Slender and boyish even at 50, Haresh Sharma is ageless, like his plays.
By turns breezy and lacerating, the resident playwright of The Necessary Stage knows how to tell stories that capture the pulse of society and draw out complex issues and characters, from mental patients to political detainees to victims of sexual abuse.
These plays were researched and created together with his long-time collaborator, The Necessary Stage's artistic director Alvin Tan, and devised with actors.
The landmark works include 1993's Off Centre, a critique of Singapore society through the eyes of the mentally ill and, later, the first play here to be offered as a literature text in schools.
Sharma has weathered dark periods in his career, notably a time in 1994 when he and Tan were suspected of being Marxists after this newspaper reported that they had attended workshops conducted by Augusto Boal, a Brazilian Marxist and renowned practitioner in the field of social theatre.
Today, along with the late Kuo Pao Kun, he is one of the country's most influential playwrights, whose impact can be felt over several decades and extends to having mentored younger playwrights such as Chong Tze Chien and Natalie Hennedige, now respected dramatists in their own right.
Sharma's works have travelled widely, with his monodrama Best Of playing in Milan, the Brisbane Festival and New York in the last two months.
Who and/or what has been the biggest influence on your art?
In terms of pushing me to write, and write deeply and truthfully, with heart and intelligence and sophistication, it has to be Alvin.
Pao Kun also influenced me greatly. When I started writing, I was watching plays such as The Silly Little Girl And The Funny Old Tree (1987) and Mama Looking For Her Cat (1988). I felt a sense of freedom then, that I didn't have to write only "conventional" plays with three or four acts.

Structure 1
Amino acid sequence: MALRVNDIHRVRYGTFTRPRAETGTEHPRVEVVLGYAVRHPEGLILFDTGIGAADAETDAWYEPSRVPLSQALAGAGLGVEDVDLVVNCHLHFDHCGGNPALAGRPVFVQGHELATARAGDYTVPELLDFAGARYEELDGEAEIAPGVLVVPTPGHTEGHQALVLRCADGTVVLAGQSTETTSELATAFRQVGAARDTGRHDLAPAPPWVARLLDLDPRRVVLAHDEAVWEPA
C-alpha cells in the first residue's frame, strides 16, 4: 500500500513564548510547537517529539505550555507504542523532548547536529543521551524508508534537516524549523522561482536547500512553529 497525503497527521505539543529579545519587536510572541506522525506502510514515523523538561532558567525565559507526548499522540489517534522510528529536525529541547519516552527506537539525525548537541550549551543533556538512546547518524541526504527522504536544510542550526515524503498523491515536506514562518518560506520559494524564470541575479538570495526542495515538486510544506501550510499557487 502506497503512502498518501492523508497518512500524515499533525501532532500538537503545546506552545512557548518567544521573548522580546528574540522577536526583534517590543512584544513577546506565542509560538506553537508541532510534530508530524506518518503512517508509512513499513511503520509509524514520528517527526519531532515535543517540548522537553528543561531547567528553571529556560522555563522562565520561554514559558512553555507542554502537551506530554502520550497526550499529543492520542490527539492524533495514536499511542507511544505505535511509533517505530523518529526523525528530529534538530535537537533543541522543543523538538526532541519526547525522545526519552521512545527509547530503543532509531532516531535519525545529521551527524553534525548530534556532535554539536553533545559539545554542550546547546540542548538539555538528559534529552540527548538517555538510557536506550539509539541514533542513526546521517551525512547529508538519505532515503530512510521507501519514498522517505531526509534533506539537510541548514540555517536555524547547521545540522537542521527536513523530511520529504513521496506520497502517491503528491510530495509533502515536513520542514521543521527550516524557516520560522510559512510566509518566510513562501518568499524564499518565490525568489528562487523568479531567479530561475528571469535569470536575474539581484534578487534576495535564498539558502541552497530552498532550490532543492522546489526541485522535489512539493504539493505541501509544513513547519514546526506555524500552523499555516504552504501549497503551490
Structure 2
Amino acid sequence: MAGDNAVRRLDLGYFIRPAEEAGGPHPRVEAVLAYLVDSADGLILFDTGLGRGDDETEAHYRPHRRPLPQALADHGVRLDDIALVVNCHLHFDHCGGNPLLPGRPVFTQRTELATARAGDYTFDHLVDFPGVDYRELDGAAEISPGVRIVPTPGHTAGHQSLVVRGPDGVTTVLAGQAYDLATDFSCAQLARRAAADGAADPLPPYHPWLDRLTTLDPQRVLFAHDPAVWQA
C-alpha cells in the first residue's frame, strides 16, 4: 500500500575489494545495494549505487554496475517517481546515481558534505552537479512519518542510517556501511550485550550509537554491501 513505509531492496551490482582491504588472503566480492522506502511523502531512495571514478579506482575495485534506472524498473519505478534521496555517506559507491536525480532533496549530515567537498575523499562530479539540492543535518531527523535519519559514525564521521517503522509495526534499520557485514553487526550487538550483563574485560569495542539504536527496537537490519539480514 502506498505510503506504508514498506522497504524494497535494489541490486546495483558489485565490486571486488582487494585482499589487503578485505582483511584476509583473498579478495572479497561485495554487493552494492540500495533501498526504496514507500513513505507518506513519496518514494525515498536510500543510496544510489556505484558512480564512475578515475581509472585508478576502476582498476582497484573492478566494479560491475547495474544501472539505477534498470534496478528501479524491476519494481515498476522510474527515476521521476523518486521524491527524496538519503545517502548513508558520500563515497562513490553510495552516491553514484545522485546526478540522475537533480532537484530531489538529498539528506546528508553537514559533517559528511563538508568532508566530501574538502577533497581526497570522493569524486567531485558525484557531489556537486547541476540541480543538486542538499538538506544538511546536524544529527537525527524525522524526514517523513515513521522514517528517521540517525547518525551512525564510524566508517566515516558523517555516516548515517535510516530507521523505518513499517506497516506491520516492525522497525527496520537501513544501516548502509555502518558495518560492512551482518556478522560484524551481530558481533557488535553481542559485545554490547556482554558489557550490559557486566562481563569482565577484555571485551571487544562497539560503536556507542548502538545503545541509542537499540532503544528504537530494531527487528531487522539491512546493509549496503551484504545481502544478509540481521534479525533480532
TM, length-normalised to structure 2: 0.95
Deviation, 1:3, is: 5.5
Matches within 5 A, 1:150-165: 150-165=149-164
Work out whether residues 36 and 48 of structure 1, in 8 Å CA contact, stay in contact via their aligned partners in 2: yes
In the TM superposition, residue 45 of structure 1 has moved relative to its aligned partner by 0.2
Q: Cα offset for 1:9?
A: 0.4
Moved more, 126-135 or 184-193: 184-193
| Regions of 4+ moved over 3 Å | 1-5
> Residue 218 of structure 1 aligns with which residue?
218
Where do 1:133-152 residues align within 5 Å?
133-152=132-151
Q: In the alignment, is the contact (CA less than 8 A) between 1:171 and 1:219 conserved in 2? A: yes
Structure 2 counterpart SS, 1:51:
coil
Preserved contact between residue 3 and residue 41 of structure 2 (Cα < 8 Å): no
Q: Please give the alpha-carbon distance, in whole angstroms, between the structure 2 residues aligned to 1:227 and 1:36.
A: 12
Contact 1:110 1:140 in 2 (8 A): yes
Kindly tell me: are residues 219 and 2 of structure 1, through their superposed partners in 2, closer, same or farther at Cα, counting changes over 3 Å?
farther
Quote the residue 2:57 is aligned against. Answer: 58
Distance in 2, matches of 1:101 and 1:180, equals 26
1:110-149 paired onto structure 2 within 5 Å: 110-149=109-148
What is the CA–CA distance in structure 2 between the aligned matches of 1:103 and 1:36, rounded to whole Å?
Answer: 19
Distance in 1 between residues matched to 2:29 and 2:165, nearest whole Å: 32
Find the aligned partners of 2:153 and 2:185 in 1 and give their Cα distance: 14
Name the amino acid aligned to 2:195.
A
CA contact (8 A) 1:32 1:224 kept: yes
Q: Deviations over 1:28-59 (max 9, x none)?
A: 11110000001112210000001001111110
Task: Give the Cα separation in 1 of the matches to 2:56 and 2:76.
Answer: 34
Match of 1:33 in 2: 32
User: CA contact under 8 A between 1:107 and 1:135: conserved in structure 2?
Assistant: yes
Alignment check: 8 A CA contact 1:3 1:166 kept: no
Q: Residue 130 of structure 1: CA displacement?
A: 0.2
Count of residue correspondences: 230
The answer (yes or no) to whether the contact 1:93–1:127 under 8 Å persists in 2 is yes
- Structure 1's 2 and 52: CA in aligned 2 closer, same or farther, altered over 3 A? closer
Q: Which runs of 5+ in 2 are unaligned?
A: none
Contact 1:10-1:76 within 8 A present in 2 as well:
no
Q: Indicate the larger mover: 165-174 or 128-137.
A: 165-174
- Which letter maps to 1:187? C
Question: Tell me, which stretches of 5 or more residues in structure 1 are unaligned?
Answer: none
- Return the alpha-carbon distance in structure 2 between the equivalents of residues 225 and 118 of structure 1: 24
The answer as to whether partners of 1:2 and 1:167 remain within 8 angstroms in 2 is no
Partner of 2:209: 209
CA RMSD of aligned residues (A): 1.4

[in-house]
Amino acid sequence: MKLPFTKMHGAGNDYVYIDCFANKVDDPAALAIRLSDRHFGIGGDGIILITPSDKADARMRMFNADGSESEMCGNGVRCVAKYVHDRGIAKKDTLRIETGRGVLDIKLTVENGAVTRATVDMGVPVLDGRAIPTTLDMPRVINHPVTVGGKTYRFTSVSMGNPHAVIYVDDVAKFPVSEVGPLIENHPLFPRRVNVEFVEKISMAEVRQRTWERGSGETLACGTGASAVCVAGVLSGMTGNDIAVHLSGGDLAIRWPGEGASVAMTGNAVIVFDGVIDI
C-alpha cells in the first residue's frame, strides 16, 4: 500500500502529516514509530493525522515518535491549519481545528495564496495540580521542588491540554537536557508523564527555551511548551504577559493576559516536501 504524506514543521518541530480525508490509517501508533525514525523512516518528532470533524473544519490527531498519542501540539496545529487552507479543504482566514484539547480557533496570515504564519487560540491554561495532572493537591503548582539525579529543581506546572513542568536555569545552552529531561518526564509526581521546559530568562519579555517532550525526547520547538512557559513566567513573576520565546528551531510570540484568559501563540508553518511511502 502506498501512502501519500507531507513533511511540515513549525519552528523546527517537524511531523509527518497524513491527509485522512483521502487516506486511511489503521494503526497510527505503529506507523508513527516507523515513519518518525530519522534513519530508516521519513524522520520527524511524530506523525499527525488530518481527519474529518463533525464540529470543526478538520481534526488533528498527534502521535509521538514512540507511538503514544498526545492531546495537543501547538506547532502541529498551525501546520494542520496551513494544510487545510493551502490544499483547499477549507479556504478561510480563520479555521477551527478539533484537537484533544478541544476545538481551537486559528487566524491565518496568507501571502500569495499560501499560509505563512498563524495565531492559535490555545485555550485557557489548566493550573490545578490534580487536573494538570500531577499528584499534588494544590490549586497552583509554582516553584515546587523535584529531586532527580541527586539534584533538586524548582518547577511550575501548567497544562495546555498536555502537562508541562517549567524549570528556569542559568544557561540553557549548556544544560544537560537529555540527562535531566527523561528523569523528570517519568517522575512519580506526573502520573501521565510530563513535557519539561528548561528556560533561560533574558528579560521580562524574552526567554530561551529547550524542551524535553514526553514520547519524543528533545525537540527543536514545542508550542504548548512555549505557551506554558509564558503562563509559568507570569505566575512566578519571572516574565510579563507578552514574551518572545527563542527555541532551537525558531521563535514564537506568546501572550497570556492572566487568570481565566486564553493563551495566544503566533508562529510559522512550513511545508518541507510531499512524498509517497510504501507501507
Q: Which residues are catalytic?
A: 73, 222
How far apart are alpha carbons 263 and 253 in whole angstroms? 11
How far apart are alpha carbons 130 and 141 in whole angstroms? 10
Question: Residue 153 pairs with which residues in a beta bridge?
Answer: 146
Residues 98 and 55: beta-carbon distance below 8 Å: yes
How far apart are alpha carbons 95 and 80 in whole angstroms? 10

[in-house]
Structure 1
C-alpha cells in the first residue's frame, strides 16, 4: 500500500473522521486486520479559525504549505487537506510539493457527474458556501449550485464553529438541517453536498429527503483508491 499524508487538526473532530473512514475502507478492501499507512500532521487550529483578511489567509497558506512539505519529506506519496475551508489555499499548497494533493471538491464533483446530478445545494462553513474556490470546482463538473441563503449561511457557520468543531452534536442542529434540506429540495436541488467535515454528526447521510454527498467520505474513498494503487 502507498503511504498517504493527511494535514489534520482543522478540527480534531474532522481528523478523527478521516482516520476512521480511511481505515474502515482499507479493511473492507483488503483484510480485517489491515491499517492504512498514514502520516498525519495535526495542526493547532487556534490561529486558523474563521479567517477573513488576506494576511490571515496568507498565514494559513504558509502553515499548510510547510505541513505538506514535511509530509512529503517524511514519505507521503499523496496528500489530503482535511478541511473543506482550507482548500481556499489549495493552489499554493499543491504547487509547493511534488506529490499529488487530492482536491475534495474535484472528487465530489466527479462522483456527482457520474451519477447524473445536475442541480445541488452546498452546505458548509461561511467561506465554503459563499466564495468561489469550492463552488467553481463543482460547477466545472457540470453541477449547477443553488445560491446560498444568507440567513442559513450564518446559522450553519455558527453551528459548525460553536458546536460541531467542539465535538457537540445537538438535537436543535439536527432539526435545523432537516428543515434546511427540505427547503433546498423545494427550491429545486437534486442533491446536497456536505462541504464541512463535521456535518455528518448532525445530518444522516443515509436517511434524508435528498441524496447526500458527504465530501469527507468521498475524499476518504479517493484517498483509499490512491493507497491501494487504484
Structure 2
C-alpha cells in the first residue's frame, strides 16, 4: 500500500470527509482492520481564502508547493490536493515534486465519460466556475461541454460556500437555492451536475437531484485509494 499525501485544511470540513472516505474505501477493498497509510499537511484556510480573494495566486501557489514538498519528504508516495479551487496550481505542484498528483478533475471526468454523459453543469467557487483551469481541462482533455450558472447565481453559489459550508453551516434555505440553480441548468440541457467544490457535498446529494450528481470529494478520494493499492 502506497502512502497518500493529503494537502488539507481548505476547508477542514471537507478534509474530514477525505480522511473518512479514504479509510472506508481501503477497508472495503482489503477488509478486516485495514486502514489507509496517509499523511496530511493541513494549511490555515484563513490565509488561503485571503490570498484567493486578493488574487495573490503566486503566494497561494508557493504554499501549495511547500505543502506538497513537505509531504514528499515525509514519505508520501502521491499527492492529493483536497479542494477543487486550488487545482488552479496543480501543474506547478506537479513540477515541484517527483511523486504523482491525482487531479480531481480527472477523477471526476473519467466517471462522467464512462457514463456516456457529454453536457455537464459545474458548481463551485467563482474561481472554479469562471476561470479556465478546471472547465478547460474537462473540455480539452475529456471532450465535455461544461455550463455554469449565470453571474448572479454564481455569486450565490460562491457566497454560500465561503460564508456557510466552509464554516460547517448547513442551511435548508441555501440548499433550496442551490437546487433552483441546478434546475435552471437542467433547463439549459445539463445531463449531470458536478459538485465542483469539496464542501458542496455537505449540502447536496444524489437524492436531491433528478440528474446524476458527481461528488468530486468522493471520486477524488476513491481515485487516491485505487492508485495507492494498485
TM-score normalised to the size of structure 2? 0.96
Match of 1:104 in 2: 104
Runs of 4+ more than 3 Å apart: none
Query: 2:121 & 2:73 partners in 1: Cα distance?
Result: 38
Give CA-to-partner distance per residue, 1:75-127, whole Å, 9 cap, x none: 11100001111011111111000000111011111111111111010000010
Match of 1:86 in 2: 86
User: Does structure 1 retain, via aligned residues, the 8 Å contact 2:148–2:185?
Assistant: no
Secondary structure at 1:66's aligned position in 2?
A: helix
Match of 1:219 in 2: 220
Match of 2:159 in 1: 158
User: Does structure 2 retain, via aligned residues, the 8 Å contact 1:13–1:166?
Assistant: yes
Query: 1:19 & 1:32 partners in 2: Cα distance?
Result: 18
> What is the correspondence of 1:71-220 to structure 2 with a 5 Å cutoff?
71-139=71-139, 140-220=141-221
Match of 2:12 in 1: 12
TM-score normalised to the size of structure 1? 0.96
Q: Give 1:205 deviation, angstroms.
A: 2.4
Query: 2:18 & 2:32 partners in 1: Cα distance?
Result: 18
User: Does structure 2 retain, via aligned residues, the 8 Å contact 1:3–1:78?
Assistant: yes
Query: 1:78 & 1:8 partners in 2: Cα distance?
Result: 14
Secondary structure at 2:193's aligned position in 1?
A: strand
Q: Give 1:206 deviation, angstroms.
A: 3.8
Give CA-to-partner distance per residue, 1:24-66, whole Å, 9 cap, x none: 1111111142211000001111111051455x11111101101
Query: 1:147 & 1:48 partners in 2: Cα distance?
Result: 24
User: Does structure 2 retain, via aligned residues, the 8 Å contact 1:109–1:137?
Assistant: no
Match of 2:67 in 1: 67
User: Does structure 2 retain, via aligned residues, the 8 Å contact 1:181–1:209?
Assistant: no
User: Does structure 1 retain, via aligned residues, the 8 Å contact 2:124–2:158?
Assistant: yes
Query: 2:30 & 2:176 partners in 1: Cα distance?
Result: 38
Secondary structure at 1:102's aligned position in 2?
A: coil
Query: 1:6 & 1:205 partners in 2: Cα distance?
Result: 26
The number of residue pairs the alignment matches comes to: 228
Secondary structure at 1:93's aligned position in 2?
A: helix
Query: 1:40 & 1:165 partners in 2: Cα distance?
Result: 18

In terms of style and methodology, we at The Necessary Stage were influenced by Britain's Caryl Churchill and the Joint Stock Company. We found out that she was also writing with an ensemble of actors, working closely through research, field work and improvisations.
Over the years, I have also been influenced by artists I have met and worked with, whether in terms of how I write or how I think or what theatre can do. They include Filipino playwright Tony Perez, British playwright Noel Greig and Augusto Boal.
Your proudest achievement so far?
Although I am not a founding member of The Necessary Stage, I joined very early on, in 1987, when the group had just started and was based at the National University of Singapore. I became the company's first full-time staff in 1990 and helped it grow. In 2017, we will be celebrating TNS' 30th anniversary.
The Necessary Stage is my proudest achievement because it has been, and will always be, a collective, a collaborative ensemble and a group of really nice people.
What do you consider your greatest failure?
I don't really look at life experiences as failures or failings.
What do you plan to do with the $80,000 Cultural Medallion grant?
Being with The Necessary Stage has enabled me to initiate projects, write the plays that I want to, create training programmes and provide platforms for emerging artists. I would like to use the grant to make a real difference in the arts scene. It shouldn't be about just me.